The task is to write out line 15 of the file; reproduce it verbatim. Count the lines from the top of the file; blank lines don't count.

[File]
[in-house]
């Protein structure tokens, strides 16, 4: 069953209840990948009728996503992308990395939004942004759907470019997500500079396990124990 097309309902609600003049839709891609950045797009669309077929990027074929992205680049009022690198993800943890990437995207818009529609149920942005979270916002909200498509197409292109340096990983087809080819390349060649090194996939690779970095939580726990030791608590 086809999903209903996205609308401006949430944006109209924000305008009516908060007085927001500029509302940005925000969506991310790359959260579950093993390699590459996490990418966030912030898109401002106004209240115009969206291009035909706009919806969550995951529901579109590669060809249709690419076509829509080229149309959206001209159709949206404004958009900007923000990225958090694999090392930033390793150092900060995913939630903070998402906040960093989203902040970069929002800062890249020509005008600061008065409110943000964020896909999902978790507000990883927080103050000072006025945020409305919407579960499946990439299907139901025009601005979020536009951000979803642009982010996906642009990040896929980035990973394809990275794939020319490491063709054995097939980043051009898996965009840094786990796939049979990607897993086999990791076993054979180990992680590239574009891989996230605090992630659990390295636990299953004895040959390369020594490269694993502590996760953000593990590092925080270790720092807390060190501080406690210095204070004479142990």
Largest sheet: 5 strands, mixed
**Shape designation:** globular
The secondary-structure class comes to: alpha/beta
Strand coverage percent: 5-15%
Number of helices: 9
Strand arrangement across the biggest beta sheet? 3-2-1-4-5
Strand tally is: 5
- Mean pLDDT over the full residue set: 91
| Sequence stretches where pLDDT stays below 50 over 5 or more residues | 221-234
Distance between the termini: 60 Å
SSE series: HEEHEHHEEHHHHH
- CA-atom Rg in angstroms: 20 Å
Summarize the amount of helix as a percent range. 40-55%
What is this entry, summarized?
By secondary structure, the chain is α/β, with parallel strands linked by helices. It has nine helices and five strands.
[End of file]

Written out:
Summarize the amount of helix as a percent range. 40-55%